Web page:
Globally, prescription medicines still account for the vast majority of Boehringer’s turnover. Where among your current prescription medication portfolio are you seeing the most growth in Italy?
This depends of course on the therapeutic area, for example generally speaking our fastest growing sector is prescription medicines. Specifically, our newer products in diabetes are bringing benefits to many patients, and we are hopeful that they will continue to do so for the foreseeable future as there is clear demand in the market.
We are hearing from many of your colleagues that the current government, and especially the Minister of Health, Beatrice Lorenzin, has understood the benefits a strong pharmaceutical sector can bring the country. How would you describe the industry’s relationship with the government?
They have definitely recognized the value of our sector. It should be understood that in Italy, a fixed part of the national health fund is allocated to the pharmaceutical sector. We are seeing that today, especially with regards to the hospital sector, overspending is rampant. This overspending is repaid for 50% by pharmaceutical companies which means that every year, you need to repay a significant part of your earnings. That has a sharp downwards effect on our performance, and penalizes the pharmaceutical industry. I can understand the reason that the government is trying to contain costs and bring health expenditure under control, but this mechanism where we pay for part of the expenditure naturally makes us think long and hard about continuing to invest here. If we have to repay a certain amount of money, that means that we cannot use that money to invest here. This is quickly becoming a vicious cycle, which we feel must be broken soon.
Boehringer Ingelheim recently announced it was investing 11 billion euros into R&D over the next five years, emphasizing its commitment to bringing innovative therapies to the market. Having worked for long-standing innovators such as Roche, Abbot and Lundbeck, how would you rate the business environment for innovators in Italy?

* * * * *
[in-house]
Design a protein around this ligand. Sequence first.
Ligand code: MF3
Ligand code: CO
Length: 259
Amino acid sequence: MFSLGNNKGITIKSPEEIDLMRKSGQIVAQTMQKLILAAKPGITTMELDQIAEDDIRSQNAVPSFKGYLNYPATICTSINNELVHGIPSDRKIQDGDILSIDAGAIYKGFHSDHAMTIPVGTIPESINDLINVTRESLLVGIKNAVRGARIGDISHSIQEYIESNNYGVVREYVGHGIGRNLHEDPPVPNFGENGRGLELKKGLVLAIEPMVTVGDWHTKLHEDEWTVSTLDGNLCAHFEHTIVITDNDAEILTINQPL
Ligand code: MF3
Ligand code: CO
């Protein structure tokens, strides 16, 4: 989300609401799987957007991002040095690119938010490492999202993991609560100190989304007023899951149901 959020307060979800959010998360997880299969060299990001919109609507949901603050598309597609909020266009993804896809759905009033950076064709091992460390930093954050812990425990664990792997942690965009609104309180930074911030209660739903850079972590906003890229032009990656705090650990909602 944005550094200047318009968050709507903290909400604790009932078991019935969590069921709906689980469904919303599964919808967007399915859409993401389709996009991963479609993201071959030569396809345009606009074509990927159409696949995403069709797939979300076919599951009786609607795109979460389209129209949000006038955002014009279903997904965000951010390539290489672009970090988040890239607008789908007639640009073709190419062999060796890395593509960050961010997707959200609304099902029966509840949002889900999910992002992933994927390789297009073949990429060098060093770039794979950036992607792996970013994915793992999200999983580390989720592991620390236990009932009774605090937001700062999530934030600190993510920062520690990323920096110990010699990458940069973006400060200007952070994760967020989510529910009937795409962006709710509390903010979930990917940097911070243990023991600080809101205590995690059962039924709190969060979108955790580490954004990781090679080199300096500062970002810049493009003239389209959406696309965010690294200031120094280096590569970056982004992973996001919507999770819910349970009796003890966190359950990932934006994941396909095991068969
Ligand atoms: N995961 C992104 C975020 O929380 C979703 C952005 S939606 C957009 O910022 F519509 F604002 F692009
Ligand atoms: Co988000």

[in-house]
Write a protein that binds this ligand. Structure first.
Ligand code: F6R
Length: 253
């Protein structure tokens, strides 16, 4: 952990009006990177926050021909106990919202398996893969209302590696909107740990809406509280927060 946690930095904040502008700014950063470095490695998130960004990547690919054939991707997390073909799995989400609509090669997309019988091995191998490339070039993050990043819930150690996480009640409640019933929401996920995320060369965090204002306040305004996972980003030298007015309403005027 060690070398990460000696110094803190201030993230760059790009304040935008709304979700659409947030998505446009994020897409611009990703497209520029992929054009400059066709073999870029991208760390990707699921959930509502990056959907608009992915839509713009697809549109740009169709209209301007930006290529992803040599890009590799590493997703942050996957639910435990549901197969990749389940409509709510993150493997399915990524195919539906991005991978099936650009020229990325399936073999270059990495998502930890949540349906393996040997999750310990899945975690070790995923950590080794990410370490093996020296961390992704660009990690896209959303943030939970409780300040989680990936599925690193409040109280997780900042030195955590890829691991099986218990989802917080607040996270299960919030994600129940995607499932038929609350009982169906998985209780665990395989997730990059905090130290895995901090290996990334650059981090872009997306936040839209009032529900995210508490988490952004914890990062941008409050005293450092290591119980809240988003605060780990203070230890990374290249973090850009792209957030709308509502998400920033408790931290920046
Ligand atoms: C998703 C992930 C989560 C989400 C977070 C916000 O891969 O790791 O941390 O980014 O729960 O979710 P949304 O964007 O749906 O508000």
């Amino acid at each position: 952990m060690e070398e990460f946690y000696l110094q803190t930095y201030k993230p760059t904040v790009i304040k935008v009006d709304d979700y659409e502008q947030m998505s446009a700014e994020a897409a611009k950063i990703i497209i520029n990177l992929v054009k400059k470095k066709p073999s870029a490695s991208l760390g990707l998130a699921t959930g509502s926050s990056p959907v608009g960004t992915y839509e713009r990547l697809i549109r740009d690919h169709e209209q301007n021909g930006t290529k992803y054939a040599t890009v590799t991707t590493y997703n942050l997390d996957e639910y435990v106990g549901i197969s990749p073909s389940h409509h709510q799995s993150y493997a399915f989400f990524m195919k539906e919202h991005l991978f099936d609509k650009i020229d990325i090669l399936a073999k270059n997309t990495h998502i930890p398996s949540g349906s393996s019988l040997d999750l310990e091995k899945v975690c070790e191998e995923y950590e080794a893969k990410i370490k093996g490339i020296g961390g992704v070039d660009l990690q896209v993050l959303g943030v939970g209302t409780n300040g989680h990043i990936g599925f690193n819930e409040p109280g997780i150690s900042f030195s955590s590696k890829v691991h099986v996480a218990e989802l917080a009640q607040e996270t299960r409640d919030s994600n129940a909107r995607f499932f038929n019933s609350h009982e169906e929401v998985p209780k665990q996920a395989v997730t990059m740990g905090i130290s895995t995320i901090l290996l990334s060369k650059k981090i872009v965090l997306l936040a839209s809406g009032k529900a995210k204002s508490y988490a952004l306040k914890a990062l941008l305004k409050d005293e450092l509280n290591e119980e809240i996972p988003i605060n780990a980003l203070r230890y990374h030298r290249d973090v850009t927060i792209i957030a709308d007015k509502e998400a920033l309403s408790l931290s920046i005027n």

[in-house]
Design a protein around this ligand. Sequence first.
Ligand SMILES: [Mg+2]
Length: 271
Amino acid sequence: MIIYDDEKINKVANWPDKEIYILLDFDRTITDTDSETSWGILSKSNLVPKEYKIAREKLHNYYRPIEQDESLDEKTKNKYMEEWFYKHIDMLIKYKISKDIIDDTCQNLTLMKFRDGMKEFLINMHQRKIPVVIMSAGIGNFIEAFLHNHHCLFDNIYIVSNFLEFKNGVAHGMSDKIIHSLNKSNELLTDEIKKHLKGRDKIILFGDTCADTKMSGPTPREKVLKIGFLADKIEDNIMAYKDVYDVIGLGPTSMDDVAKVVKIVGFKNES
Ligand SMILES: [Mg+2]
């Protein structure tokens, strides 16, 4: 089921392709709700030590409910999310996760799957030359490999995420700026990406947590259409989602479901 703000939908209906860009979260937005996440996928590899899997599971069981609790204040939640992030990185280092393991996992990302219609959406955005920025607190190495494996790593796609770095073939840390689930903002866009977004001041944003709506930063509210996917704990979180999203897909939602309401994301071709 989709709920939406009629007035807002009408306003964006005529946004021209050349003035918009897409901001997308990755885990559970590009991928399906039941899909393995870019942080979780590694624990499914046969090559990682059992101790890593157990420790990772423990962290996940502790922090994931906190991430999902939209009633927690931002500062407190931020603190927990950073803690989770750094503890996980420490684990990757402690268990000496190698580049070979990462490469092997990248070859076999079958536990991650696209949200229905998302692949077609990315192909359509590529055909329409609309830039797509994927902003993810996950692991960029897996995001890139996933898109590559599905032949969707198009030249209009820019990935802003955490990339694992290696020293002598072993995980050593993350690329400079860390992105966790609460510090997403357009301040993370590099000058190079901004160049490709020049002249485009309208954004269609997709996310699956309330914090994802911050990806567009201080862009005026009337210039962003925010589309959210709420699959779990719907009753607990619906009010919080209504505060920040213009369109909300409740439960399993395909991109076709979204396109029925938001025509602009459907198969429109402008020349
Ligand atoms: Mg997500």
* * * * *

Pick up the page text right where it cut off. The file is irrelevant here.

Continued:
We are present in Italy in two ways in terms of R&D. On the one hand in molecular and peptide research, for which we are one of the few companies which still has R&D sites in Italy. Unfortunately, other companies have had to close their sites, but we are still investing and have high-level scientists working for us, conducting research. For us this means: investment in the country, having employees working for us contributing to science. What is important to us in that regard is to keep the incentives for research intact. Tax credits and other such measures are vital for us to continue to be able to invest in our research structure here.
We are also involved in clinical research. We conduct clinical trials from phase one to four, and our clinical research unit in the country is involved in many of the company’s more important drug trials. In all then we are an important country for Boehringer Ingelheim in terms of clinical research as the standard of quality here is very high. Besides that, from an external perspective, being a company which continues to invest here also gives us an appreciation from the scientific community.
Moving forward, what are the strategies you are looking to implement, and where do you see Boehringer Ingelheim Italy in the next three to five years?
I see a sustainable, growing company which is still investing in the country in terms of research and production. I see us as a country where we produce the more innovative products in Boehringer Ingelheim’s portfolio, and perform research for the development of new innovative products, while putting the patient at the center with as main goal to bring effective treatment to the Italian people.